For a few years, in addition to its contraceptive use, another role of the condom has been added: to protect against sexually transmitted diseases, especially AIDS. But the fact is that only one brand became a leader on the French market: Durex. And this, without any advertising; because in 1987; the French law bans advertisement about male condom.
However, thirty years after the appearance of Durex, another brand of condoms establishes itself in France. Name: Manix. Designer: Degan laboratories. Characteristics: the thinness of its latex, what enables him to pride itself to be the finest on the market.
The advertising being always prohibited, and Durex particularly well established, Manix struggles to be known. The brand then starts with promotional events and sampling on a very targeted and extremely user population: the prostitutes. Without hesitation, from 1990, to go into a new distribution circuit: supermarket. The leader’s actions, Durex, as the challenger’s ones, Manix, change nothing though; and in 1997, only 3 customers out of 10 can name and ask for a specific condoms’ brand when they enter a pharmacy.
And yet Manix interests: with 18.7% of the French market of condoms in value in pharmacies and 22.9% in supermarkets, the brand had obviously succeeded in imposing itself. Direct consequence: in 1998, Degan laboratories steps down and Manix is sold to the Australian brand Ansell, world leader of latex medical products, more particularly surgical gloves.
Owner of ten other brands of condoms in Europe, and wishing to keep this strategy of local brands contrary to what Durex does, world brand, Ansell then changes nothing neither about the positioning of Manix, nor its manufacture, entrusted to the Japanese Okamoto.
Ansell changes nothing… but make a major decision: to insert Manix in advertising. The Manix communication was hitherto exclusively oriented towards the prescribers, mainly pharmacists. But in 1997, the global market of condoms stagnates: after the arrival of a new treatment against AIDS was announced, based on a Combination Therapy, the troops were demobilized… Manix being behind Durex, as well in market shares as in notoriety, it had to take action by working to create preference for its brand.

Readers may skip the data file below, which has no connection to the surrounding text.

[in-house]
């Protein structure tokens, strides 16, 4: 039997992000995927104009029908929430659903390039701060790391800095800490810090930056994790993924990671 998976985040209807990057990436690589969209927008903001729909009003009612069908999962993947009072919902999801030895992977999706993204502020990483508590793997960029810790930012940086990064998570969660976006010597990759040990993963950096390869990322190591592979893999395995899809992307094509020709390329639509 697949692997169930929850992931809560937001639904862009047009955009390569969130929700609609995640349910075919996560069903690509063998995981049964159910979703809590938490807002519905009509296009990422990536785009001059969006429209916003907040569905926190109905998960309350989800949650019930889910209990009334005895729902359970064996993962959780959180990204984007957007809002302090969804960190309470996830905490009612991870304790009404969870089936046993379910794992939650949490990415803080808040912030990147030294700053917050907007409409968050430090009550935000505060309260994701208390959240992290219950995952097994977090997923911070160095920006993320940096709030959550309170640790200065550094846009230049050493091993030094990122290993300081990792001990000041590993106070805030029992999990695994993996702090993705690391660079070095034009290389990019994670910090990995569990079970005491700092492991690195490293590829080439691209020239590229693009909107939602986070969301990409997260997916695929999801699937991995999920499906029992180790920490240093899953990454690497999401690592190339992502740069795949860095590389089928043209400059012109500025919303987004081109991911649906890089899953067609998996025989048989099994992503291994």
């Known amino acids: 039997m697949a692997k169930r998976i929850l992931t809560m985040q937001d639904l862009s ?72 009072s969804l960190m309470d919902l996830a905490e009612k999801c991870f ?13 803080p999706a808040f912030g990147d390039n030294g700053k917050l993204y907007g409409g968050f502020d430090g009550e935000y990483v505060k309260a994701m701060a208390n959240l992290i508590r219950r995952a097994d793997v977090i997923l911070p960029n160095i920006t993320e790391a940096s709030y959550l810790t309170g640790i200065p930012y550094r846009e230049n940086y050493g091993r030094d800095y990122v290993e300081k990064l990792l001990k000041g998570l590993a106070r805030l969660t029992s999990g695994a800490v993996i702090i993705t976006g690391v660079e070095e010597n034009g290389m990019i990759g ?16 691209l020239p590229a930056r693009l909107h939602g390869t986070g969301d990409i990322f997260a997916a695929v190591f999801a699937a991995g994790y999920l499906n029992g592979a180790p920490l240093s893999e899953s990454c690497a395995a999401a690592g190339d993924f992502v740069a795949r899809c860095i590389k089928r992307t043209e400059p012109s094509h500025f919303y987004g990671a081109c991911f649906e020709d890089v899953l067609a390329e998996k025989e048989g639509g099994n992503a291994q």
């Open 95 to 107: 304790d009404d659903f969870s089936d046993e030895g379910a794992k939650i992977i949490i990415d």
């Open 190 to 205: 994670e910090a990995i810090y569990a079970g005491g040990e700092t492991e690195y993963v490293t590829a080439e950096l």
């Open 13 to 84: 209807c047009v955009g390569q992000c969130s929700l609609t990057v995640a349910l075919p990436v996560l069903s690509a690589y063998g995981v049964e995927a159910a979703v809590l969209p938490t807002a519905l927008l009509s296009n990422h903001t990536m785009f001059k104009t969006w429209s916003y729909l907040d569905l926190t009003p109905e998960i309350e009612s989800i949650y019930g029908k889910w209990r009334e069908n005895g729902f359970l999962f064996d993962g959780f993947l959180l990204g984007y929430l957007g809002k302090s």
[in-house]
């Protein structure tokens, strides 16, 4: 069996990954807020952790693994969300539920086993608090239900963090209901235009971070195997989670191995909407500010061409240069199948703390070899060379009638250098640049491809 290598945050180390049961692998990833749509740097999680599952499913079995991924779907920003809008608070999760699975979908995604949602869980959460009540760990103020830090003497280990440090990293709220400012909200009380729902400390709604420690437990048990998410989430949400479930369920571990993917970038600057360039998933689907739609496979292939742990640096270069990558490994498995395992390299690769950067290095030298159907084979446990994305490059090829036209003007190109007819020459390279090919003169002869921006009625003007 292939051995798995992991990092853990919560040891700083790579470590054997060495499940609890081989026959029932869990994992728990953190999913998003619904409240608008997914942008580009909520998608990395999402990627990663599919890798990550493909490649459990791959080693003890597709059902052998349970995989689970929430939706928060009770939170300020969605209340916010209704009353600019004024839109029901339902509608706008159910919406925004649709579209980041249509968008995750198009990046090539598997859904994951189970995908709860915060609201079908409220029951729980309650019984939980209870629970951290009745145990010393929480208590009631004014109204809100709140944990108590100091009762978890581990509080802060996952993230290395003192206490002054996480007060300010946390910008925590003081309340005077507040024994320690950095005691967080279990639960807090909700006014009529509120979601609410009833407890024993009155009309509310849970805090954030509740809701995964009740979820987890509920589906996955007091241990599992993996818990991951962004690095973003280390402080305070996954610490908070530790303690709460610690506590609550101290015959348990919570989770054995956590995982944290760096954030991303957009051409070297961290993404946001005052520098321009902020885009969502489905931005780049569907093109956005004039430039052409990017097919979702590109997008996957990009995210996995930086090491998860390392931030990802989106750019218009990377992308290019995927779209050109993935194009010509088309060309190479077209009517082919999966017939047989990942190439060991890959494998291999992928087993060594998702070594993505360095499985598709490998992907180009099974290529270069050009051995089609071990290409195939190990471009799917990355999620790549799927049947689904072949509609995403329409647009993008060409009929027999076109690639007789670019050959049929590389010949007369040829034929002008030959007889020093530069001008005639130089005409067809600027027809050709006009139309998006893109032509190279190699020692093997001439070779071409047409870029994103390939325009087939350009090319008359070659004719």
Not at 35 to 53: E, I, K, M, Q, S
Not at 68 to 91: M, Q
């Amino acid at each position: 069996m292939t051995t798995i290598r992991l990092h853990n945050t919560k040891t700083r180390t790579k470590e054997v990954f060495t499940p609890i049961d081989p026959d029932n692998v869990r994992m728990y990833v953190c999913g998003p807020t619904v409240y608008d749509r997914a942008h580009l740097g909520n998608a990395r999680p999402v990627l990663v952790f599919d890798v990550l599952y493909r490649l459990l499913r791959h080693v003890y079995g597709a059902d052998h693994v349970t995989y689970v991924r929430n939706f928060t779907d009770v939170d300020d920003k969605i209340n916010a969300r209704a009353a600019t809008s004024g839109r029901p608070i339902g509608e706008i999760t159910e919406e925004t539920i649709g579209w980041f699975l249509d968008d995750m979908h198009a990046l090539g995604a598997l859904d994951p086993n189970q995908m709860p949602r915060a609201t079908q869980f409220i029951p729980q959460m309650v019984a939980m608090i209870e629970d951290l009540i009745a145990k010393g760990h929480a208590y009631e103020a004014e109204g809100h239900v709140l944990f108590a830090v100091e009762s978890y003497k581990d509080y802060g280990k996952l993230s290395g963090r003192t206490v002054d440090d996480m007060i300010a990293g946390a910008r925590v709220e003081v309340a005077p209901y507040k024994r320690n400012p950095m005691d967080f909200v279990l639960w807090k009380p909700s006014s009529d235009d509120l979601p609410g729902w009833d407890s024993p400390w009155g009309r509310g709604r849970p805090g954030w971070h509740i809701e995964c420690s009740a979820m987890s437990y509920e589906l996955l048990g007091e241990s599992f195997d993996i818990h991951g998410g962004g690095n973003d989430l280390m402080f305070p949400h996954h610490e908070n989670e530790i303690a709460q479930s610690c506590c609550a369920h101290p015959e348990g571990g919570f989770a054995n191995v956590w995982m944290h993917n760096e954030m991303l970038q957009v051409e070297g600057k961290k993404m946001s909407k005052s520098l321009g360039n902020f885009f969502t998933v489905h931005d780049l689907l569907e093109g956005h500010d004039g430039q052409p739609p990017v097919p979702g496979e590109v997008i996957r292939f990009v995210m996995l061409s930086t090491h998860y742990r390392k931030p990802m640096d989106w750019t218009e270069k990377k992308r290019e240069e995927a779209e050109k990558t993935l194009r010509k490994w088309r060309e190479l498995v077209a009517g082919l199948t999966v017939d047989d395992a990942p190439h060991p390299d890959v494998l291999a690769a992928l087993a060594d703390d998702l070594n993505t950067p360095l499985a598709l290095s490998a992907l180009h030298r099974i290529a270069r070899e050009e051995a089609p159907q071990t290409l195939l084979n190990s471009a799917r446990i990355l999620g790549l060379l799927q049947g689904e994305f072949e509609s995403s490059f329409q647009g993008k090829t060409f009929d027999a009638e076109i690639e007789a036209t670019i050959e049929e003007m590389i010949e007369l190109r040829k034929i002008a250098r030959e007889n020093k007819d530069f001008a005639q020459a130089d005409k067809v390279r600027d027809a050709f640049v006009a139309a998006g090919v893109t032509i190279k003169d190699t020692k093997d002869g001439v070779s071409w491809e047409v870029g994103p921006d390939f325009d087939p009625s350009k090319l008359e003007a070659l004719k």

This is, indeed, the right moment: after years of crisis, French people seem to come back, in 1998, to their first loves, the sensual pleasures. Thus they place, for 70% of them, the sex among their priorities and, for 55%, the pleasure as their first motivation to make love.
In 1997, when Manix contacted its advertising agency, the market’s environment was: •a terrible context of uncertainty,
•an negative picture of the condom from the outset,
•an act of obliged purchase,
•a price considered to be too high,
•a slackening about preventive behaviours,
•a disengagement of the government,
•an advertising communication subjected to a visa from the AFSSAPS (or the FHPSA in English -- the French Health Products Safety Agency).
However, the problem is not as simple as it seems. First, because Manix; working on a small market; has a tight budget. But also because any communications about the male condoms, still considered by the French law as a drug, is subjected to the approval of the French Health Products Safety Agency. Result: a visa number is required before any advertising communication… what generally takes three months on average.
The last difficulty, but not the least: the subject remains a taboo. Taboo and not very gratifying: in 1998, only 40% of 15-24 years-old used a condom during every sexual relation. Quite simply, because the majority of them considered that wearing a condom reduced the sexual pleasure.
Lastly, the tone to adopt was not easy to work out: 68% of the purchasers of condoms are men, mainly recruited among the 18-34 years-old. But, as far as that population is...